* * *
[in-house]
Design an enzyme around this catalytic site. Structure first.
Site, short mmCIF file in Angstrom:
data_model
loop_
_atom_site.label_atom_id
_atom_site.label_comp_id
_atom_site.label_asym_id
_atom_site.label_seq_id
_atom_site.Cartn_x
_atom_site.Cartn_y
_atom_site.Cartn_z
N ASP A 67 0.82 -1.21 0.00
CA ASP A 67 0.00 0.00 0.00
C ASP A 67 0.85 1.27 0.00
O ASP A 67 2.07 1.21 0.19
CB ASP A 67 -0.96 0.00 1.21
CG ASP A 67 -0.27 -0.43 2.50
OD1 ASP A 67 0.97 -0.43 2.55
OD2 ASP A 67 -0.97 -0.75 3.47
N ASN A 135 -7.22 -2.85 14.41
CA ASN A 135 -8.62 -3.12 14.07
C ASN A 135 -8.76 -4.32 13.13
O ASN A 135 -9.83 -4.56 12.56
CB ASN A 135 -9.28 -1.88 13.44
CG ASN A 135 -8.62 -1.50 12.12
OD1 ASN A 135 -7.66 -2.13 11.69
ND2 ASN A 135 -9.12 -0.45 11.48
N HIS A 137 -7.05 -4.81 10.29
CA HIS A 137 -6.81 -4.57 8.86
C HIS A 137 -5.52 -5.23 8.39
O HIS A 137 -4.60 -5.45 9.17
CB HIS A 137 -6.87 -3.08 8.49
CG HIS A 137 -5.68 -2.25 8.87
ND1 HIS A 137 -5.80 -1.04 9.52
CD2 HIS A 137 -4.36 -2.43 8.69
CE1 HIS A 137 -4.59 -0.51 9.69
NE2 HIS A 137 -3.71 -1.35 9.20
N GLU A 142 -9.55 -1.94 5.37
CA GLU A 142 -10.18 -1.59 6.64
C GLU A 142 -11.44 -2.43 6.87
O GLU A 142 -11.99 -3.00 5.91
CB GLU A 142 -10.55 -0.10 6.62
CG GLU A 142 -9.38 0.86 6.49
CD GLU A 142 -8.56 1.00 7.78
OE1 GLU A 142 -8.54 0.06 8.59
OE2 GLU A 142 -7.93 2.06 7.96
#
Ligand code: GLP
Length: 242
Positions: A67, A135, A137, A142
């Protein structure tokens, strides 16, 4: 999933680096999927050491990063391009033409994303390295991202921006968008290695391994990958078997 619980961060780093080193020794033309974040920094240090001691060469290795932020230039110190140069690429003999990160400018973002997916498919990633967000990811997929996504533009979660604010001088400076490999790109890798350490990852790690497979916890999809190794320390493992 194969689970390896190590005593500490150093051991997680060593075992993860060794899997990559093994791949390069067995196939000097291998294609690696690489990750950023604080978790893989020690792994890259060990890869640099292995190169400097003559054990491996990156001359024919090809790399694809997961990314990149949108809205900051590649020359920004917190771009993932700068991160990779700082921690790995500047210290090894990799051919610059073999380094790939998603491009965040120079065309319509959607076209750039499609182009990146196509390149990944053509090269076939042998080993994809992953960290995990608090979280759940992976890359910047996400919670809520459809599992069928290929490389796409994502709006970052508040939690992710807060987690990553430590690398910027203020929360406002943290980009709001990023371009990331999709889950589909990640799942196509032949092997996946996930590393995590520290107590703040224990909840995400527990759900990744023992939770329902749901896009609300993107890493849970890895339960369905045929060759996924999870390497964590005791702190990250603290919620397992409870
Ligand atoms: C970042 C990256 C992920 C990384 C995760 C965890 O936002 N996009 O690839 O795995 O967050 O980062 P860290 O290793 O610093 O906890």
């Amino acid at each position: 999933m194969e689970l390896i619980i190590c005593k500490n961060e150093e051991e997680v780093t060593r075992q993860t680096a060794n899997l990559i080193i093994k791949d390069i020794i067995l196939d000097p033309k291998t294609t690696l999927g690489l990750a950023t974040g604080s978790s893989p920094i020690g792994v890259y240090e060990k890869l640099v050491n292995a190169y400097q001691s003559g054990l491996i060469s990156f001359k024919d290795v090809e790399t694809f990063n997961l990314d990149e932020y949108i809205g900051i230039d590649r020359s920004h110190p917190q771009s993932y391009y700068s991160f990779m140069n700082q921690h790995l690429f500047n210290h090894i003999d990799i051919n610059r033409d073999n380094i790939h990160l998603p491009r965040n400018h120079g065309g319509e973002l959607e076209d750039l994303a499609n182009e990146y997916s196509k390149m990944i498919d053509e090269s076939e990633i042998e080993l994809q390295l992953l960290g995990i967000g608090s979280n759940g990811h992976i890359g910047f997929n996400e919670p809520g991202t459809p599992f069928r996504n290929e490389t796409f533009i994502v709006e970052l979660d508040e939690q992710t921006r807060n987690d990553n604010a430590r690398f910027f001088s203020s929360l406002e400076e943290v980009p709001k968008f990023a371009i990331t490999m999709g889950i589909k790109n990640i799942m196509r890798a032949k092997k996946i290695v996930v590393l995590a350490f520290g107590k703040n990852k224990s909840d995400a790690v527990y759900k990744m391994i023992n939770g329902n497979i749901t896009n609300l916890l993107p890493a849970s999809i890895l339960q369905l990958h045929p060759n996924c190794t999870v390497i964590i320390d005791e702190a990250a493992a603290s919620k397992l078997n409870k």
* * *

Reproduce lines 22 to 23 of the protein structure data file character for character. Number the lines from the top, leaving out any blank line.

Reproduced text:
CA ASN A 135 -8.62 -3.12 14.07
C ASN A 135 -8.76 -4.32 13.13